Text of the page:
EMA is developing guidance for manufacturers planning changes to the existing COVID-19 vaccines to tackle the new virus variants. In order to consider options for additional testing and development of vaccines that are effective against new virus mutations, the Agency has requested all vaccine developers to investigate if their vaccine can offer protection against any new variants, e.g. those identified in the United Kingdom, South Africa and Brazil, and submit relevant data.
EMA will shortly publish a reflection paper that will set out the data and studies needed to support adaptations of the existing vaccines to current or future mutations of SARS-CoV-2 in the European Union (EU). The questions that will be addressed as part of this reflection paper include:
- Which are the options for introducing a new strain into an existing approved vaccine?
- What will be the minimal regulatory requirements to demonstrate the quality, safety and efficacy?
- Which bridging studies will be required to provide adequate reassurance of a vaccine’s efficacy against a new strain, either as first vaccination or as booster
EMA has authorised three vaccines for use in the EU: Comirnaty, COVID-19 Vaccine Moderna, and COVID-19 Vaccine AstraZeneca. There are concerns that some of these mutations could impact to different degrees the ability of the vaccines to protect against infection and disease. A reduction in protection from mild disease would however not necessarily translate into a reduction in protection from serious forms of the disease and its complications, for which we need to collect more evidence.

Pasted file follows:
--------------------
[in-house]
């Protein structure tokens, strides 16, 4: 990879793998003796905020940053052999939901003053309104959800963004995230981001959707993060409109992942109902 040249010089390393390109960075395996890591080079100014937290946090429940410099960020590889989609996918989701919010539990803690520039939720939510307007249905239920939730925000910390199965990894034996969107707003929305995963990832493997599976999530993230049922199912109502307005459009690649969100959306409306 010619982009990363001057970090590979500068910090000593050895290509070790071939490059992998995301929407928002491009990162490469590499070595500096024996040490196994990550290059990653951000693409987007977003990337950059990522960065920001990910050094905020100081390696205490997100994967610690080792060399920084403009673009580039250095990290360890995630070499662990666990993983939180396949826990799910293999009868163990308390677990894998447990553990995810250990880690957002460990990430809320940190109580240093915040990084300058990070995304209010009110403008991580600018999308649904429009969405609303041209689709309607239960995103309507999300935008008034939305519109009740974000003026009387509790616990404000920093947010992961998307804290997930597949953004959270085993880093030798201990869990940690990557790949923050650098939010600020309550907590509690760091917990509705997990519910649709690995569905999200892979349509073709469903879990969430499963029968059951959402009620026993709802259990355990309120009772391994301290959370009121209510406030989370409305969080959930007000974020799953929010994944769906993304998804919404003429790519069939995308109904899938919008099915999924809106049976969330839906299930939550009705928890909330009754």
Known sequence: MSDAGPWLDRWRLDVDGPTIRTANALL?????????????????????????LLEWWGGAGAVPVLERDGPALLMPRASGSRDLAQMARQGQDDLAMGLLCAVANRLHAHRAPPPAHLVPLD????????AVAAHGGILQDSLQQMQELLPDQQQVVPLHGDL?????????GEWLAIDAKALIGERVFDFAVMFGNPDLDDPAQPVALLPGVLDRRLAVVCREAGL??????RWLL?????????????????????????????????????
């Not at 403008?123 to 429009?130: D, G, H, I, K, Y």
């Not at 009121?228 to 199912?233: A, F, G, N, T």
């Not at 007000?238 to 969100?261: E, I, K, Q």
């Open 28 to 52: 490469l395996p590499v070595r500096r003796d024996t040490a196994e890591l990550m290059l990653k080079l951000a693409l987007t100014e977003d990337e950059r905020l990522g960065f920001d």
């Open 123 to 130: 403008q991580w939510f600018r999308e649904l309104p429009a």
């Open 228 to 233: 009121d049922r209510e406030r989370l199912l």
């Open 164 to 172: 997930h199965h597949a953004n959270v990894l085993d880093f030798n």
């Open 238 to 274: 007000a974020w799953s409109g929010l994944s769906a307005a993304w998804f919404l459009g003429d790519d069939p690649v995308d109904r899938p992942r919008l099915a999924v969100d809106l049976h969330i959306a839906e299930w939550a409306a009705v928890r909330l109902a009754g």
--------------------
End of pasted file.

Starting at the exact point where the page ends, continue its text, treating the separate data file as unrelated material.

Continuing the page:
Typically, viruses mutate when the genetic material in the virus changes. This happens at different rates for different viruses and mutations do not necessarily affect how well a vaccine works against the virus. Some vaccines against viral diseases remain effective many years after their development and provide long-lasting protection, such as vaccines for measles or rubella. On the other hand, for diseases such as flu, the vaccine composition needs to be updated on a yearly basis for it to be effective, because the virus mutates and renders previous immunity ineffective.
COVID-19 variants have been present since March 2020, steadily spreading even before the start of the vaccination campaigns. EMA is clarifying its regulatory approach to vaccine variations that might become necessary to ensure that effective vaccines continue to be available, not only for Europeans, but for people around the world who are suffering as a result of the COVID-19 pandemic.